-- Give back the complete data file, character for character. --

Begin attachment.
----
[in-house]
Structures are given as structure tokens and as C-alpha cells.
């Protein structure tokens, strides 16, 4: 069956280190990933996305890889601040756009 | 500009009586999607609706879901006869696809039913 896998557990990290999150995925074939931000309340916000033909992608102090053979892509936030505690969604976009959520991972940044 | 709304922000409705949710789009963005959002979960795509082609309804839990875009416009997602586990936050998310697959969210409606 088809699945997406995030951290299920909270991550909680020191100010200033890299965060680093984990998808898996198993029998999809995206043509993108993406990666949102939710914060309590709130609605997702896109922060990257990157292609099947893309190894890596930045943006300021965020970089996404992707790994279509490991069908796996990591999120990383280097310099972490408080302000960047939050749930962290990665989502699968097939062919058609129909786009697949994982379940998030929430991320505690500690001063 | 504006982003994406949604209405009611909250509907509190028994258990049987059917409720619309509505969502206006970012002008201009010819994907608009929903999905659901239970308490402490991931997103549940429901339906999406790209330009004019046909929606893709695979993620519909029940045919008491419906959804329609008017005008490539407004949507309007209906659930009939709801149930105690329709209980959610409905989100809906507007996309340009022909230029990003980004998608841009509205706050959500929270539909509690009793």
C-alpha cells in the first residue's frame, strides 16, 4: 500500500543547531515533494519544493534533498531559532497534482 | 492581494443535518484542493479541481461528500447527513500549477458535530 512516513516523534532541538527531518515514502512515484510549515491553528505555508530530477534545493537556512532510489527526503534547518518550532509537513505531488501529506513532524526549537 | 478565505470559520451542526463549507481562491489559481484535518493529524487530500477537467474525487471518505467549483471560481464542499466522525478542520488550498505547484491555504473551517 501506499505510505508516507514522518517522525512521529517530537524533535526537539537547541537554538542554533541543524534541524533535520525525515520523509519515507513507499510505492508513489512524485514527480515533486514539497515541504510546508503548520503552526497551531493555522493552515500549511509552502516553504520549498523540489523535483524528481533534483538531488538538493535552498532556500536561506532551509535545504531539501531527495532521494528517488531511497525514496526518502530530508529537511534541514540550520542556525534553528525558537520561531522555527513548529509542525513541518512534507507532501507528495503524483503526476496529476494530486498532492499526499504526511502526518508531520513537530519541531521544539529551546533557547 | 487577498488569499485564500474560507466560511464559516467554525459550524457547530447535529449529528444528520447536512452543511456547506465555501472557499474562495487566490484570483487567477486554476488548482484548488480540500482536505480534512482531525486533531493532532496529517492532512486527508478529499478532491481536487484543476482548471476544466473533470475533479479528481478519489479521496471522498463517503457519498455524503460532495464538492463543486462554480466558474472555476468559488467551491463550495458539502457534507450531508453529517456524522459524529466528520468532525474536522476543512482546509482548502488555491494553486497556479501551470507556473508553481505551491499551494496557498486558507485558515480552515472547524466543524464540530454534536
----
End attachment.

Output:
[in-house]
Structures are given as structure tokens and as C-alpha cells.
């Protein structure tokens, strides 16, 4: 069956280190990933996305890889601040756009 | 500009009586999607609706879901006869696809039913 896998557990990290999150995925074939931000309340916000033909992608102090053979892509936030505690969604976009959520991972940044 | 709304922000409705949710789009963005959002979960795509082609309804839990875009416009997602586990936050998310697959969210409606 088809699945997406995030951290299920909270991550909680020191100010200033890299965060680093984990998808898996198993029998999809995206043509993108993406990666949102939710914060309590709130609605997702896109922060990257990157292609099947893309190894890596930045943006300021965020970089996404992707790994279509490991069908796996990591999120990383280097310099972490408080302000960047939050749930962290990665989502699968097939062919058609129909786009697949994982379940998030929430991320505690500690001063 | 504006982003994406949604209405009611909250509907509190028994258990049987059917409720619309509505969502206006970012002008201009010819994907608009929903999905659901239970308490402490991931997103549940429901339906999406790209330009004019046909929606893709695979993620519909029940045919008491419906959804329609008017005008490539407004949507309007209906659930009939709801149930105690329709209980959610409905989100809906507007996309340009022909230029990003980004998608841009509205706050959500929270539909509690009793």
C-alpha cells in the first residue's frame, strides 16, 4: 500500500543547531515533494519544493534533498531559532497534482 | 492581494443535518484542493479541481461528500447527513500549477458535530 512516513516523534532541538527531518515514502512515484510549515491553528505555508530530477534545493537556512532510489527526503534547518518550532509537513505531488501529506513532524526549537 | 478565505470559520451542526463549507481562491489559481484535518493529524487530500477537467474525487471518505467549483471560481464542499466522525478542520488550498505547484491555504473551517 501506499505510505508516507514522518517522525512521529517530537524533535526537539537547541537554538542554533541543524534541524533535520525525515520523509519515507513507499510505492508513489512524485514527480515533486514539497515541504510546508503548520503552526497551531493555522493552515500549511509552502516553504520549498523540489523535483524528481533534483538531488538538493535552498532556500536561506532551509535545504531539501531527495532521494528517488531511497525514496526518502530530508529537511534541514540550520542556525534553528525558537520561531522555527513548529509542525513541518512534507507532501507528495503524483503526476496529476494530486498532492499526499504526511502526518508531520513537530519541531521544539529551546533557547 | 487577498488569499485564500474560507466560511464559516467554525459550524457547530447535529449529528444528520447536512452543511456547506465555501472557499474562495487566490484570483487567477486554476488548482484548488480540500482536505480534512482531525486533531493532532496529517492532512486527508478529499478532491481536487484543476482548471476544466473533470475533479479528481478519489479521496471522498463517503457519498455524503460532495464538492463543486462554480466558474472555476468559488467551491463550495458539502457534507450531508453529517456524522459524529466528520468532525474536522476543512482546509482548502488555491494553486497556479501551470507556473508553481505551491499551494496557498486558507485558515480552515472547524466543524464540530454534536